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<p>Thousands of people gather at the Paris casino in Las Vegas for the Nevada State Democratic Convention on Saturday, May 14, 2016. They are picking delegates to send to the national convention in July. (AP Photo/Michelle Rindels)</p>

Thousands of people gather at the Paris casino in Las Vegas for the Nevada State Democratic Convention on Saturday, May 14, 2016. They are picking delegates to send to the national convention in July. (AP Photo/Michelle Rindels)

By now, most of you have probably heard about what happened at Nevada’s state Democratic caucus on May 14. Violence, chair throwing, verbal harassment, a California senator fearing for her life: At least, this is what happened according to many Democratic officials and major media.

All you need to do is turn to the evidence: not word of mouth, but the dozens of live stream videos from people who attended the caucus. You’ll find no evidence of violence, whatsoever. No arrests were made at the caucus: no charges of violence filed. As for the “chair throwing,” there’s evidence of one man picking up a chair but, then, putting it back down. If anything, he was closer to throwing out his back by picking up the chair so quickly.

In regard to Sen. Barbara Boxer, D-Calif., who told CNN on Wednesday, “I feared for my safety,” her recounting of the event and her feelings seem to contradict the video evidence of her sarcastically blowing kisses to likely Bernie Sanders supporters as she walked off stage with her police escort. But rather than follow up with Boxer for this disparity, CNN instead used her as a talking point to further perpetuate the notion that Sanders supporters got violent enough to make a senator “fear for her life.”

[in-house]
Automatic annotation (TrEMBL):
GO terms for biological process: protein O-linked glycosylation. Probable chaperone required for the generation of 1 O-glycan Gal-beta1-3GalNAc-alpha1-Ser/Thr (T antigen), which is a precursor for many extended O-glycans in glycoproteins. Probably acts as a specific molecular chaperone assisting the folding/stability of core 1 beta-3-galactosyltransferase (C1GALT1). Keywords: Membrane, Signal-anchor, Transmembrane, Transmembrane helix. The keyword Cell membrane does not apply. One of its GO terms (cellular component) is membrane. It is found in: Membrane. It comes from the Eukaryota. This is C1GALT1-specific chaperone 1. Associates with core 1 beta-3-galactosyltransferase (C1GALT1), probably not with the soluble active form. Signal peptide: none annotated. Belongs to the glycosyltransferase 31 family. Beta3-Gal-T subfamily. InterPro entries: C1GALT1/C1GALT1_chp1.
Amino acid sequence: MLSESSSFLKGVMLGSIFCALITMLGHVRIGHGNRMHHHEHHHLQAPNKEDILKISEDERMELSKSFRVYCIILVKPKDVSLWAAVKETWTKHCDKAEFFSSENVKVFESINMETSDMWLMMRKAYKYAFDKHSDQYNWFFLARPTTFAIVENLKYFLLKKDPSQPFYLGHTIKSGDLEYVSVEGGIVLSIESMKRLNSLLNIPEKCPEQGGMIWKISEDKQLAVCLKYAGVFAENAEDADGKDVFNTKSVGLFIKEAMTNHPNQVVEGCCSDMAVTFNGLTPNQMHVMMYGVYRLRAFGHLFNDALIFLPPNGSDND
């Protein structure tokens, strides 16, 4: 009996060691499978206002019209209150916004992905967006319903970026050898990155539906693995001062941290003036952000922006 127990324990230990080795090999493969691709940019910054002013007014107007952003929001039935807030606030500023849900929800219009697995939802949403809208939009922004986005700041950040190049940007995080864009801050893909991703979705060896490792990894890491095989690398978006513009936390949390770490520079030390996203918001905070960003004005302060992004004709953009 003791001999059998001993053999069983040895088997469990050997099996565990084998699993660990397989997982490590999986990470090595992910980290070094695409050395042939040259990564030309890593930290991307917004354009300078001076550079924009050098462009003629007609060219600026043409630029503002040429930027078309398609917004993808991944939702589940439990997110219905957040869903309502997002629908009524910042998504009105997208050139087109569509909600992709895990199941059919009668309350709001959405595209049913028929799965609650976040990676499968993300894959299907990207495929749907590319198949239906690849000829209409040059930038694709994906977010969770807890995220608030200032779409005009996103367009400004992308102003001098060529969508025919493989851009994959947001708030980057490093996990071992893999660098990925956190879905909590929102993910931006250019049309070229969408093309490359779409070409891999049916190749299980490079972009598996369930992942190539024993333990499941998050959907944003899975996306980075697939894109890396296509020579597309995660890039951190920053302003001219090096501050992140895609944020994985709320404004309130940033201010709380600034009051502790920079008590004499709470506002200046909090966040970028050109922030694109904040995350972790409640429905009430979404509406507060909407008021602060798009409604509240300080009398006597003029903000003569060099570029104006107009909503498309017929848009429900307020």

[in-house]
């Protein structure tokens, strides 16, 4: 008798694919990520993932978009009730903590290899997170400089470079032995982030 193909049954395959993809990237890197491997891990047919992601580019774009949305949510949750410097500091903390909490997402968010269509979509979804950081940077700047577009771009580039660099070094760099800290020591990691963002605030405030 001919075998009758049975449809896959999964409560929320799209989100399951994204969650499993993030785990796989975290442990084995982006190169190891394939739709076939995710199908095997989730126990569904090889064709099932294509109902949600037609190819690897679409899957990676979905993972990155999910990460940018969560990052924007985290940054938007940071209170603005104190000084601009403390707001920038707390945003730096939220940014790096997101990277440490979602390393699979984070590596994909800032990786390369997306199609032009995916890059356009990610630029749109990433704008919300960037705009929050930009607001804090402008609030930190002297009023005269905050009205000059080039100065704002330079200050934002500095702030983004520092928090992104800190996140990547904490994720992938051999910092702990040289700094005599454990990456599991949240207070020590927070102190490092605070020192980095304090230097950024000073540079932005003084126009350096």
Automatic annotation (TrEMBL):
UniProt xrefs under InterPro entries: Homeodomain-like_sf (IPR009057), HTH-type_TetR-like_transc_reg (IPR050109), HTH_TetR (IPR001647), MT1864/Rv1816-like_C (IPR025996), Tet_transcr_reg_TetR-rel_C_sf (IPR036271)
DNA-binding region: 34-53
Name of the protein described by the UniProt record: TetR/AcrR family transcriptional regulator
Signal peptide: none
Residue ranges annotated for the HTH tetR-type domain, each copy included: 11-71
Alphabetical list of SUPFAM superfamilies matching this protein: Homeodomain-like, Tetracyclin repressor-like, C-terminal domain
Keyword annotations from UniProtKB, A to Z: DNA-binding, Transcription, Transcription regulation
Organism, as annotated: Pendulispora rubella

Now, in turning to the evidence, you will without a doubt see a debacle of shouting and disdain. But rather than assume on an inherently violent nature of an entire group of people, who support a candidate with a strong advocacy for non-violent change and condemnation of “any and all forms of violence, including personal harassment of individuals,” we should instead look to why Nevada erupted the way it did.

As The Las Vegas Sun reported, Sanders and Hillary Clinton supporters were divided over whether to adopt a temporary set of convention rules as permanent.

There was also the issue of why 58 district-level Sanders delegates were denied entry to the state caucus, while only eight Clinton delegates were denied. State party officials claimed these delegates were denied because either their records could not be found or they were not registered Democrats by May 1.

Despite these issues, Roberta Lange, the head of the caucus, and the state party largely ignored the official motions filed by Sanders supporters and for the concerns that made it to a voice vote (“aye” or “nay”). Lange seemed to rush the voting and give it to Clinton’s side, as evidenced in the video recordings.

Now, we at the Alligator aren’t asking you to support one candidate or the other, and we aren’t telling you how to feel about the caucus. What we do want you to think about is how major news outlets have mishandled this situation.

Instead of obscuring what really happened, the media should be investigating the real issues. Were all of Sanders’ delegates really unregistered, given the propensity of voter purging registration this election cycle? Did Lange and the state party inappropriately handle the voice votes? Was the integrity of the caucus process maintained?

If this election cycle has taught us anything, it’s that much of our big-name media has devolved to pure punditry. Furthermore, while there is an army of good journalists out there doing tremendous work, the media machine that dominates our TV and social media is doing us a disservice. The coverage of Nevada is only a sound example of a festering problem.

Thousands of people gather at the Paris casino in Las Vegas for the Nevada State Democratic Convention on Saturday, May 14, 2016. They are picking delegates to send to the national convention in July. (AP Photo/Michelle Rindels)

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